Whole Foods Market has created what the whole profession considers a certification label: "Premium Body Care Label." Arguing that there is no official definition of what a "natural" care product is, Whole Foods decided to establish a list of 250 ingredients (preservatives, fragrances, surfactants, etc.) regarded as unacceptable as they were toxic or where non-toxicity had not been proved - and verify whether the products sold by them contained any.
the notion of a label (which I will come back to – in recent months there has
been a proliferation of new organic and natural labels!) I would like to point
out that this is an approach similar to that of Hannaford "Guiding
Stars" (see my note of 26th June). The question posed by Whole
Foods is: "Which products meet our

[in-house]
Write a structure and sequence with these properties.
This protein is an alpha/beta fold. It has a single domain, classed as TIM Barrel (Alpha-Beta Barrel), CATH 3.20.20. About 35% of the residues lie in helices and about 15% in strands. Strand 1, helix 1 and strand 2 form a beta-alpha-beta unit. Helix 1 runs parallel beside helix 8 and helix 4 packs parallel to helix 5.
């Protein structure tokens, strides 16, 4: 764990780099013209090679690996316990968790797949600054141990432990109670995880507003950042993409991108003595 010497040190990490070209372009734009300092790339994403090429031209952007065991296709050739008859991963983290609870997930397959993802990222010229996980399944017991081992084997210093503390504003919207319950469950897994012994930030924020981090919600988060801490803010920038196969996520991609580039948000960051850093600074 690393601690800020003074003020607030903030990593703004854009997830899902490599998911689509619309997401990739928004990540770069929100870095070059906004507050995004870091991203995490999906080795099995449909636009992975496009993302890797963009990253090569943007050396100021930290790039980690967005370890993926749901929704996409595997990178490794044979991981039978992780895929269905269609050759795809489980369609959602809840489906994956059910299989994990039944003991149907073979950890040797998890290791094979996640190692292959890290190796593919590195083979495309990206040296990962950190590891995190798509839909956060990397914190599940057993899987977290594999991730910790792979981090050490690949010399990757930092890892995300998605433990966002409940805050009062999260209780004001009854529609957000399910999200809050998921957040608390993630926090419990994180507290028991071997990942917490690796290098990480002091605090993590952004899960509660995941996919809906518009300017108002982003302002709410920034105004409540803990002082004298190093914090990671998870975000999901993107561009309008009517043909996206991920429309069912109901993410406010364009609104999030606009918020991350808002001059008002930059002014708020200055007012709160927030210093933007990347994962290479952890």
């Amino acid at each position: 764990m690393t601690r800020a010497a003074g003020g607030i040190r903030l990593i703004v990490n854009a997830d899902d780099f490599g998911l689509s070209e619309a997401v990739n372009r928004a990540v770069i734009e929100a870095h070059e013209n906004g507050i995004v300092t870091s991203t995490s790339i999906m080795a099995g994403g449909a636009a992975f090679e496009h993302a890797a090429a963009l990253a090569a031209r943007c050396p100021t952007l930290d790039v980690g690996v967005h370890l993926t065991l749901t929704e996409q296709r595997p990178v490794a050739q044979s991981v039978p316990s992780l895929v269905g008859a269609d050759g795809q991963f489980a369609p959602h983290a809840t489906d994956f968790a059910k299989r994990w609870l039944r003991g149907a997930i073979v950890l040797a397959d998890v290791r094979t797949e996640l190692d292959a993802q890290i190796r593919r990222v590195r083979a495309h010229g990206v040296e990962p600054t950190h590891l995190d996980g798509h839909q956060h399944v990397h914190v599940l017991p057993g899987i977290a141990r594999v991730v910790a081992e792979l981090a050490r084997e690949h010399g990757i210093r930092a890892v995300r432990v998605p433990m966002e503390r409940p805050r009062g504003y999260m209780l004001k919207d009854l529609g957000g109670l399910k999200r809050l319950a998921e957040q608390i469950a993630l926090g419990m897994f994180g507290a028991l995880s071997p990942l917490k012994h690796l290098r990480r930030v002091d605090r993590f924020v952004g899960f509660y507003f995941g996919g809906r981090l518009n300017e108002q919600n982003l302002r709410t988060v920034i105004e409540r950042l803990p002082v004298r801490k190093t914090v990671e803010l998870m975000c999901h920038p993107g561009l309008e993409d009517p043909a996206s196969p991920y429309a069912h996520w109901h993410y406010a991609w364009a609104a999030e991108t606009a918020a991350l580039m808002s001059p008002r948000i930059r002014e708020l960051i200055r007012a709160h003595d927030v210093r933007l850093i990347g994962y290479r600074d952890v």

Premium Body-Care Standards?"
This totally changes the perspective: A distributor sets itself up as the certification body for the "natural" quality of a care product ... and displays it on its shelves.
It thus defines the "premium" offer available on its shelves - and immediately throws a doubt on products that are unable to carry the label … especially through a distributor whose positioning is in the natural and organic sector.
We can reasonably assume that more and more distributors will adopt this approach - if only because the battle over prices has its limits and they will have to find new forms of differentiation. In this way distributors will regain their hold on domestic brands by assessing them on features that correspond to the expectations of consumers such as nutrition and safety.